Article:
Too many Westerville City Schools students are going hungry on the weekends, say members of a group of local volunteers, and they've been at work over the last three years to change that.
Westerville ShareBacAPac was founded by Sherry Williamson and Brandy Wampler in the spring of 2011, with the pair providing packed-up bags of weekend meals and snacks to a handful of students.
"We started out with four kids; we ended the 2011 school year with seven kids," Williamson said. "Our goal is to be able to offer help to any kid in the Westerville City School District."
Williamson said she and Wampler felt stuck at the end of the 2012 school year, during which an Otterbein University student volunteer had worked closely with them to see the program grow.
To keep momentum, they applied for federal nonprofit status.
Their efforts came to a head this fall, when nonprofit status came through and more and more volunteers stepped forward to support what the group was doing.
"The community definitely came behind us as we moved along," Wampler said.
One volunteer made heart-shaped pins, which several Uptown businesses began selling to raise money for ShareBacAPac. That initiative brought in $1,000 for the group.
ReVision, a local eye surgery practice, took up the cause as part of its charity program and raised $2,000 for the group.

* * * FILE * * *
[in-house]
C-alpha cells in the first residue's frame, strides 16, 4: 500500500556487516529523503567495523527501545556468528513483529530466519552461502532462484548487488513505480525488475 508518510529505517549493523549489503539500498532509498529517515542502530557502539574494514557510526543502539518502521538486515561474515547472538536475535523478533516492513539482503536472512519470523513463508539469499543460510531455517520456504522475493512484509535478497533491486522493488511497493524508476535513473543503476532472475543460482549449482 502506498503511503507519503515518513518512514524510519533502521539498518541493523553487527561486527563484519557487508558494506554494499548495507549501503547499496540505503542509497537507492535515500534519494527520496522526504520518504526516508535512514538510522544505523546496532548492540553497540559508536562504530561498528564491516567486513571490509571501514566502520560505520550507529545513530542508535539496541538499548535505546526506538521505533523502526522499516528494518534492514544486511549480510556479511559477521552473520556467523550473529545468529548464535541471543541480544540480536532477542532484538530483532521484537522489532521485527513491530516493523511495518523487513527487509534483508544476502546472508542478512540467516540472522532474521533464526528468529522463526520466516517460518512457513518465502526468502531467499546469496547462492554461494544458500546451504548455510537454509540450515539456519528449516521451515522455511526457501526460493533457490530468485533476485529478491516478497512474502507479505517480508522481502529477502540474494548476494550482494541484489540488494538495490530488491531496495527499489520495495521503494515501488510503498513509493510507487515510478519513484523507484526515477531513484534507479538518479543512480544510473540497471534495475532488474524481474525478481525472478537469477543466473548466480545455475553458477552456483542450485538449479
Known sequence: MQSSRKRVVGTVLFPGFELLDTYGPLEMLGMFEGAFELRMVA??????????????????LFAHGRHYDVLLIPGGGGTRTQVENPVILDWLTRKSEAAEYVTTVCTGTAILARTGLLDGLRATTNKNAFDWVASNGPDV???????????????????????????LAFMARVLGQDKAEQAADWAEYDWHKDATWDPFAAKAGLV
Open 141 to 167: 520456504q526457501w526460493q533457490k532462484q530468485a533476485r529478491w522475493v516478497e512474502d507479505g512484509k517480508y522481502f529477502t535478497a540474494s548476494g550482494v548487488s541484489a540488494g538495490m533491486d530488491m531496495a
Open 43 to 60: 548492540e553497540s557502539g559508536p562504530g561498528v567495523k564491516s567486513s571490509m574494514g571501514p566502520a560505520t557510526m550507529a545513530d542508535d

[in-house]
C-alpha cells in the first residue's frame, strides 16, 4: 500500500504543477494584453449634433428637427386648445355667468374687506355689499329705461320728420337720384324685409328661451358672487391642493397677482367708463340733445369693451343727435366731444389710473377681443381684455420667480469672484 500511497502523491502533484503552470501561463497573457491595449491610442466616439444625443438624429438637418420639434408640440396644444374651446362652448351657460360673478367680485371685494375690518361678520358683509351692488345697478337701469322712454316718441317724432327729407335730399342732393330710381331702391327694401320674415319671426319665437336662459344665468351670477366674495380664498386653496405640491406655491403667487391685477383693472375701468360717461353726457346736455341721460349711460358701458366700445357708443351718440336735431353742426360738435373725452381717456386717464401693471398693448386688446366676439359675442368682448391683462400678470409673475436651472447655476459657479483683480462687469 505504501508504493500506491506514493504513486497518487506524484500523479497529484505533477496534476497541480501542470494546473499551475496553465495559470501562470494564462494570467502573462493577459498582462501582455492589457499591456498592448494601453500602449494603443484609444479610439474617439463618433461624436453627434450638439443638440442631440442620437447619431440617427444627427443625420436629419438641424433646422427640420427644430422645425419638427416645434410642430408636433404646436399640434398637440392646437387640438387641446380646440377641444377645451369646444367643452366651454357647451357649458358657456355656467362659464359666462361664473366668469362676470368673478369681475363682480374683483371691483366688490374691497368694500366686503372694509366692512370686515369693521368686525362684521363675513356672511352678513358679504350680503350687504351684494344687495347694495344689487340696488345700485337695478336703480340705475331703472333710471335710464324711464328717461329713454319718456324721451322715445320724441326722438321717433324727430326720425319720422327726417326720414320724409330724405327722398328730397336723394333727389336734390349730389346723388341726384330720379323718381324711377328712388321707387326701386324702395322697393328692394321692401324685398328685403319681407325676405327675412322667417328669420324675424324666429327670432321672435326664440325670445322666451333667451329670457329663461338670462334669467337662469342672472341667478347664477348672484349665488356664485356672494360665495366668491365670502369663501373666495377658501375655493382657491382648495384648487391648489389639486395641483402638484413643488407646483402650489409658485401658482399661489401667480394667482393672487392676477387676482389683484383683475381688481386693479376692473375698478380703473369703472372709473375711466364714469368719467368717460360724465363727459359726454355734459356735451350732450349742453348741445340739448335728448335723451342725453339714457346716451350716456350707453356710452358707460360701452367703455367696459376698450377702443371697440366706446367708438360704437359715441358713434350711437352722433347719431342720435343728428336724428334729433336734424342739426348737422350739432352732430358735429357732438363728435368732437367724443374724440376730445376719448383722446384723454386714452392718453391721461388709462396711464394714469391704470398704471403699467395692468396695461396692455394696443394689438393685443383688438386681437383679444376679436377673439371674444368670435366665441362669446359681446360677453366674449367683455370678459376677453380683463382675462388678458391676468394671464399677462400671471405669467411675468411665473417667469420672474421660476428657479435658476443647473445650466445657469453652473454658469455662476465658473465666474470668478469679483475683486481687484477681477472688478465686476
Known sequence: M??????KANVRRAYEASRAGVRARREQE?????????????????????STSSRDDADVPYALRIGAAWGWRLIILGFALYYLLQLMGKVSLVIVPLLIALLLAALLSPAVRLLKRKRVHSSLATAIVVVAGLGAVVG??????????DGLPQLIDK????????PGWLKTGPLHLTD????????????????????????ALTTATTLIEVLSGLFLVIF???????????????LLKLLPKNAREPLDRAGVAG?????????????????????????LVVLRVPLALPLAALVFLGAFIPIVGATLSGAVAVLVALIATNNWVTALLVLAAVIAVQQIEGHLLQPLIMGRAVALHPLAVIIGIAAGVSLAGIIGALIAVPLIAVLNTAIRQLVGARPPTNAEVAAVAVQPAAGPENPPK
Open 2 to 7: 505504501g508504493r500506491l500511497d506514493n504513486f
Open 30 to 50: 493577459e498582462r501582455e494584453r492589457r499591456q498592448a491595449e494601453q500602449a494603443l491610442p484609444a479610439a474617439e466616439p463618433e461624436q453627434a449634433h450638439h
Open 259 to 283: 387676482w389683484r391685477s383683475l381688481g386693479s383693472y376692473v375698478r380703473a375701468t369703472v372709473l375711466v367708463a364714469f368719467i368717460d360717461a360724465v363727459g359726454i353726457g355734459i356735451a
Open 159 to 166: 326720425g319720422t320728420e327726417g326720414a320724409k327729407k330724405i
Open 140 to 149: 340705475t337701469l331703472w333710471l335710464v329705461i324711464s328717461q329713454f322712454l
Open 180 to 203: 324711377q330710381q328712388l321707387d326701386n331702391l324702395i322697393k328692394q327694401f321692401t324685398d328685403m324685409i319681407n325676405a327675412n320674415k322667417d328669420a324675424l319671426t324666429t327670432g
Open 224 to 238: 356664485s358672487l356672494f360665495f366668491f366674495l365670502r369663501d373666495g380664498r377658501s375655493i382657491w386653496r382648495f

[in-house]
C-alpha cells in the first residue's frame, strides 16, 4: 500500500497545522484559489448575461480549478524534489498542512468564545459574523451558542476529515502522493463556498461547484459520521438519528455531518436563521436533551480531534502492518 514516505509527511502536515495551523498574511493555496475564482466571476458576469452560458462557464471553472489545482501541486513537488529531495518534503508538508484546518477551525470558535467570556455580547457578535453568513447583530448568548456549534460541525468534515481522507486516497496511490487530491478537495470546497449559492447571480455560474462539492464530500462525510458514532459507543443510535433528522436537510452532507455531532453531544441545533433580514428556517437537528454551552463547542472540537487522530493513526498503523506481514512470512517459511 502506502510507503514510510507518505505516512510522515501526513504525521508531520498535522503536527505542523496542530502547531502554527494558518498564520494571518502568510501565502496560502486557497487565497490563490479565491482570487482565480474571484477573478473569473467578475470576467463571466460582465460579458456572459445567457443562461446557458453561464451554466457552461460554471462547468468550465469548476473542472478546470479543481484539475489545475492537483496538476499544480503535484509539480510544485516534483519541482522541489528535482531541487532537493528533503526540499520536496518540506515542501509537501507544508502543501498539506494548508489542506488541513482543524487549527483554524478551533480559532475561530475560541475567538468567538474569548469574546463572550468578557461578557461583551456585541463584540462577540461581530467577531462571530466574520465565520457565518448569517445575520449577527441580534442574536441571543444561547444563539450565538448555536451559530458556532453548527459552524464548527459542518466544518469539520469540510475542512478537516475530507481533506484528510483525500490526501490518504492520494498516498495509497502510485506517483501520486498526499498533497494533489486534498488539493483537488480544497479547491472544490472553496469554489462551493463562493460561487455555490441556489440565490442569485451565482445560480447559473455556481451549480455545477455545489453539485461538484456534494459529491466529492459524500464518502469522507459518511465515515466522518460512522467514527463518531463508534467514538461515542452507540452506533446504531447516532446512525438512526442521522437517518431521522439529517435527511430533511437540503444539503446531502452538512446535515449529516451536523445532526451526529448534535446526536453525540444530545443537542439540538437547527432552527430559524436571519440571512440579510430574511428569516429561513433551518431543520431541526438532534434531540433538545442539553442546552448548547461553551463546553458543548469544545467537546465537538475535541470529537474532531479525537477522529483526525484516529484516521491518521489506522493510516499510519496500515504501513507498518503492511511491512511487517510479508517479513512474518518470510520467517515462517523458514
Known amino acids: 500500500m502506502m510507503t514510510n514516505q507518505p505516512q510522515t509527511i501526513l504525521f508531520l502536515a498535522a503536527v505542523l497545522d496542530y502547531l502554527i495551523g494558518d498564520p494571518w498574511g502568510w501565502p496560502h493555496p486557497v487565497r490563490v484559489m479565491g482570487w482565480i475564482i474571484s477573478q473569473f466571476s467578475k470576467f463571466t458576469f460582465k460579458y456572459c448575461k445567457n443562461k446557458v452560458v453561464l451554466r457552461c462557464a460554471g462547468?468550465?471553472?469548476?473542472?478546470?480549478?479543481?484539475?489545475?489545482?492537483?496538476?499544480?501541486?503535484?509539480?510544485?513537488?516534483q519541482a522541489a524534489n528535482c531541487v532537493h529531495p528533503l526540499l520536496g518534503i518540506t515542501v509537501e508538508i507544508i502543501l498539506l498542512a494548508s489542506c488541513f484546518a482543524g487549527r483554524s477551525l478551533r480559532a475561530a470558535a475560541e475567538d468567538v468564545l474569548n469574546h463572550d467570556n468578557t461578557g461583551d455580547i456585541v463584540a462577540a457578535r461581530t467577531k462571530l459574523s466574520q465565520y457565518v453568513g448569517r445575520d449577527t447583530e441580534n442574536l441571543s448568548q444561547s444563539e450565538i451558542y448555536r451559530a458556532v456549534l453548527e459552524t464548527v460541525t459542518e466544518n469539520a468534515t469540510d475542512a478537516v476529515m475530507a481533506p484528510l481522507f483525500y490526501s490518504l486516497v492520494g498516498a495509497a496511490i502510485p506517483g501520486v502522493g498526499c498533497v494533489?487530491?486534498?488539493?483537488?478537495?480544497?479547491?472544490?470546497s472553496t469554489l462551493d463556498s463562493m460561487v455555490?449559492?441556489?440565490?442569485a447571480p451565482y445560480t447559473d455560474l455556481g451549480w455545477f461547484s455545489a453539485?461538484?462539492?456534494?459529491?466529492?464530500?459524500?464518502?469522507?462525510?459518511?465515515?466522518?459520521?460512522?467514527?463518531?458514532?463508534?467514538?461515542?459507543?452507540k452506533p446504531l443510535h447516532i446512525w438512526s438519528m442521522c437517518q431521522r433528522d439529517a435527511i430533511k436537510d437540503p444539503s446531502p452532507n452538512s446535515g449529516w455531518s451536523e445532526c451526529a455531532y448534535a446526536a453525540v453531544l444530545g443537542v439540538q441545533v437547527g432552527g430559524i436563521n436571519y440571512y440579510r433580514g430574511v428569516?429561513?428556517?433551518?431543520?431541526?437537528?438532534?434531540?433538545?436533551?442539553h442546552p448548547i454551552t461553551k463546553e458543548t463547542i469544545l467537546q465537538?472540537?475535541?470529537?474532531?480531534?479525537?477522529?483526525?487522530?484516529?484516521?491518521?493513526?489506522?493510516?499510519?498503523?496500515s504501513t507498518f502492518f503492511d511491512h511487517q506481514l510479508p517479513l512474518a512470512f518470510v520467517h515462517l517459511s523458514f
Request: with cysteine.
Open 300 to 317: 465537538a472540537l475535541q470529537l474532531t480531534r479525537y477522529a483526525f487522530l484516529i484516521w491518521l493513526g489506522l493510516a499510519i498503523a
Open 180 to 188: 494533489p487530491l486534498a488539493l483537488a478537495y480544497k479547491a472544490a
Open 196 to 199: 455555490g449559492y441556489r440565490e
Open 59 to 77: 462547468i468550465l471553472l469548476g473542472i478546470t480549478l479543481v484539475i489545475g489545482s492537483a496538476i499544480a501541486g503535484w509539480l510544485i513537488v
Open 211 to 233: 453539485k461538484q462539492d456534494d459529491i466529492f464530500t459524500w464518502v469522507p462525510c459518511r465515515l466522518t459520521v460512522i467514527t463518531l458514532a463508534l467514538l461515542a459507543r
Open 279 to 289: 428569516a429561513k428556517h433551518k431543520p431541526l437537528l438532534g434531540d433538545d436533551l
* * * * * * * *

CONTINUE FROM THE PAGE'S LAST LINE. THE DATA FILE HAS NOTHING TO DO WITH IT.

Volunteers have worked to create fliers, brochures and a Facebook page and are in the process of developing a website.
"It's all volunteer," said Jerry Nieman, one volunteer who helped step forward to form the advisory committee. "It's a lot of passionate people that are filled with love for the kids."
The result, Williamson said, is that the group is serving more students -- now 84 students in 10 schools -- and has a firmer bank account than ever before.
Nonetheless, there's more work to be done, with about one-third -- or roughly 4,000 -- Westerville students on the free- or reduced-price lunch program, in need of food on weekends and breaks from school.
"During the weeks, the kids are pretty well taken care of (through the schools). It's Friday when they go home that all bets are off," Nieman said. "We want to get the message to people that no child should go hungry. To do that, we need manpower. We need financial contributions."
It costs about $6 to put together a weekend backpack for the students, Wampler said.
The group aims to fill the bags with two breakfasts, two lunch entrees, two fruits, two milks, juice and three or four healthy snacks, though often students receive a little less because of financial restraints, Williamson said.
The group purchases the individually packaged foods, which allow students to serve themselves on the weekends, from local grocers, Williamson said.
Ideally, they would like to find a way to purchase the food more cheaply, though they haven't had luck finding a partner that would allow them to do that yet, she said.
The volunteers also would like to see more volunteers -- either groups or individuals -- who can hold fund drives or food drives for needed items, or pack or distribute the meals.
"To me, this is what our world should be about," Nieman said of the program. "It's people helping people in the community."
Anyone interested in supporting ShareBacAPac can contact the group via email, at firstname.lastname@example.org, or they can attend open volunteer meetings, held at 1 p.m. the first and third Friday of every month at the Westerville Area Resource Ministry, 175 E. Broadway.